2021 Kicks Off HNN Writers

Are you a writer who aspires to collaborate with other writers to improve your writing? Writers write in isolation but writers need not be isolated from opinions and advice along the arduous task of writing your story to reach your desired audience.

January 21st at 6:30 PM will be the first of four quarterly workshops co-hosted by the Newnan Carnegie Library and Hometown Novel Nights This first inaugural workshop will be broadcast live on Zoom – get your broadcast link by registering here to register on Eventbrite or go to HNN Writers .

Locally, author collaborative/critique groups will be available to meet on a monthly basis beginning in February. Share your latest scene or article with other writers for feedback and advice. Talk about editing, story elements, queries, publishing, event planning, etc. Share ideas and links to helpful websites to help one another become better writers.

There is no cost other than your investment in becoming the best writer you can be.

Southern Voice of the Past: Margaret Mitchell

Margaret Mitchell.
1900 – 1949 

A Southern Novel Nearly Gone With the Wind

After a broken ankle immobilized her in 1926, Margaret Mitchell began developing a manuscript that would become Gone With the Wind, ultimately published in 1936. The success of Gone With the Wind made her an instant celebrity and earned a Pulitzer Prize for Margaret Mitchell, and the famed film adaptation released three years afterward. Over 30 million copies of Mitchell’s Civil War masterpiece have been sold and translated into 27 languages. Tragedy struck in 1949 when Mitchell was struck by a car, leaving Gone With the Wind as her only novel.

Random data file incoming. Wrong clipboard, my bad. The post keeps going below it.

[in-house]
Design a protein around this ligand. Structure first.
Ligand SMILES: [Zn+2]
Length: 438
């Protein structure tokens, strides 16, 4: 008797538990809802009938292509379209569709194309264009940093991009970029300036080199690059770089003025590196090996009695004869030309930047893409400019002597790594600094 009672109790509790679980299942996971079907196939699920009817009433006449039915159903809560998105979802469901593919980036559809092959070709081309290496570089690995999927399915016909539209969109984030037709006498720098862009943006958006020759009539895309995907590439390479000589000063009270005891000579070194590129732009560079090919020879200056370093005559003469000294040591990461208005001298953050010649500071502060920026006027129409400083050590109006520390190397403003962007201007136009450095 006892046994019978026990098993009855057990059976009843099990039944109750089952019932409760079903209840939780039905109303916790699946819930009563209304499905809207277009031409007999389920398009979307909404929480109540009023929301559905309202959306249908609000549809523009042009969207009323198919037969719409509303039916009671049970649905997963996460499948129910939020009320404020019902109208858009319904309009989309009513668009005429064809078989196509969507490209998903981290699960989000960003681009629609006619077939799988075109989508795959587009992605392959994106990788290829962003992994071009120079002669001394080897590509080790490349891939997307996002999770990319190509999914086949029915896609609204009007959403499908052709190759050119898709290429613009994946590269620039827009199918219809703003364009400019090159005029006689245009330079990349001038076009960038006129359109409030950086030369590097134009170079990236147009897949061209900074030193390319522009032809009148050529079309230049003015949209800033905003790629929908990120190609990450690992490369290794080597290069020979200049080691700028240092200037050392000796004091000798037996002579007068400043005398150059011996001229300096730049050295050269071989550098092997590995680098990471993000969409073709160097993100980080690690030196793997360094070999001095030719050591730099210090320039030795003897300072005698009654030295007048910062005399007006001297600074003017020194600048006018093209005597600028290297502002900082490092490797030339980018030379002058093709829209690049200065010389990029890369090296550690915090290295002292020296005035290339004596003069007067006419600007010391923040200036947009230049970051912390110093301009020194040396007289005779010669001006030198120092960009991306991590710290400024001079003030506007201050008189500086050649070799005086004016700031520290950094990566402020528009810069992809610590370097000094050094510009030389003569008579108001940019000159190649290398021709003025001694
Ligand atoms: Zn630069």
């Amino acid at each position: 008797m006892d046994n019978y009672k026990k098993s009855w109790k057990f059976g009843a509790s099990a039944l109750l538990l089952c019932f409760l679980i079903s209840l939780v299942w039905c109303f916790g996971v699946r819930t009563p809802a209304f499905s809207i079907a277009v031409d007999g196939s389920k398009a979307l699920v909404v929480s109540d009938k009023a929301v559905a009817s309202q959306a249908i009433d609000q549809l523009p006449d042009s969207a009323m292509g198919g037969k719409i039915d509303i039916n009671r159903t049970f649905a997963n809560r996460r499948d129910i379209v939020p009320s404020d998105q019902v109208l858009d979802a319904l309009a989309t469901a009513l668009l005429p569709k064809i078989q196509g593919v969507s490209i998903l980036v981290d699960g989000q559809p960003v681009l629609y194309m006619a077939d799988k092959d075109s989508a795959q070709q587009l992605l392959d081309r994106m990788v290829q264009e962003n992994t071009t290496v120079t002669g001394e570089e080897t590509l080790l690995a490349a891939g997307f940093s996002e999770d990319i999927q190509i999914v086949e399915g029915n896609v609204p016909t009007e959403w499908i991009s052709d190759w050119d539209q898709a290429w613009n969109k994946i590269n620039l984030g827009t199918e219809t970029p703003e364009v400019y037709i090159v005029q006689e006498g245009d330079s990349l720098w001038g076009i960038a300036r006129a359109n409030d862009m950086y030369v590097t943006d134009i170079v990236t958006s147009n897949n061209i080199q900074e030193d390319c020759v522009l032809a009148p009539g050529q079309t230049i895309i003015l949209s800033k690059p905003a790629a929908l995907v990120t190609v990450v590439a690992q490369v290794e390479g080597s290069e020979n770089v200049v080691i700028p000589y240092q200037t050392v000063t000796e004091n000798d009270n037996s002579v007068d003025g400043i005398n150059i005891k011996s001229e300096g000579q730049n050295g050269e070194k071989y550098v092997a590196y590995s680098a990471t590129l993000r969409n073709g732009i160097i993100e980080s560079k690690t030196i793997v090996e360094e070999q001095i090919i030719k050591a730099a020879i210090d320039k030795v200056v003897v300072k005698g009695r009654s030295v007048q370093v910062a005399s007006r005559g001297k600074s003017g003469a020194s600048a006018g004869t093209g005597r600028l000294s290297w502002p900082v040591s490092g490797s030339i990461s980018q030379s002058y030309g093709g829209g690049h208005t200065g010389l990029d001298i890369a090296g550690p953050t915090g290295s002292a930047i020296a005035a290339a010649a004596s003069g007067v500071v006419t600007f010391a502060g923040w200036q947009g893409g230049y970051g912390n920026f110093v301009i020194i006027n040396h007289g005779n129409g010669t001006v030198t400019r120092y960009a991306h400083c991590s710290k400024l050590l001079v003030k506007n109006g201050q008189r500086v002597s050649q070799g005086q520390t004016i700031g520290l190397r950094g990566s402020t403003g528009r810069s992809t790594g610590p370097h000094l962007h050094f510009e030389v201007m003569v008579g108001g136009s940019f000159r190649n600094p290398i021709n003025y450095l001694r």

Born and raised in Atlanta, Mitchell experienced tragic twists and turns; with the loss of her mother in 1918 and then four years later and four months after her wedding, her first husband abandoned the marriage. She wrote nearly 130 articles for the Atlanta Journal Sunday Magazine during that troubled time. By 1925 with her first marriage officially annulled, Mitchell married John Robert Marsh who encouraged her writing during her recovery from a broken ankle in 1926. By 1929, she nearly finished her thousand page Civil War and Reconstruction era story – A romantic novel, written from a Southern woman’s point of view, steeped in the history of the South and the tragic outcome of war.

Rest of the story lies in what happened next…

However, the grand manuscript remained tucked away until 1935 until she reluctantly out of fear showed it to a traveling book editor, who visited Atlanta in search of new material, and the rest is history.

What motivated the book editor to leave his ivory-tower office in New York City? 

Southern authors during the decades since earned a warmer reception from the dominant publishing houses as the appeal for Southern stories grew.

What Southern stories rest on your bookshelves at home as a testimony to their lasting imprint on our lives?

Sourced from Margaret Mitchell’s Biography.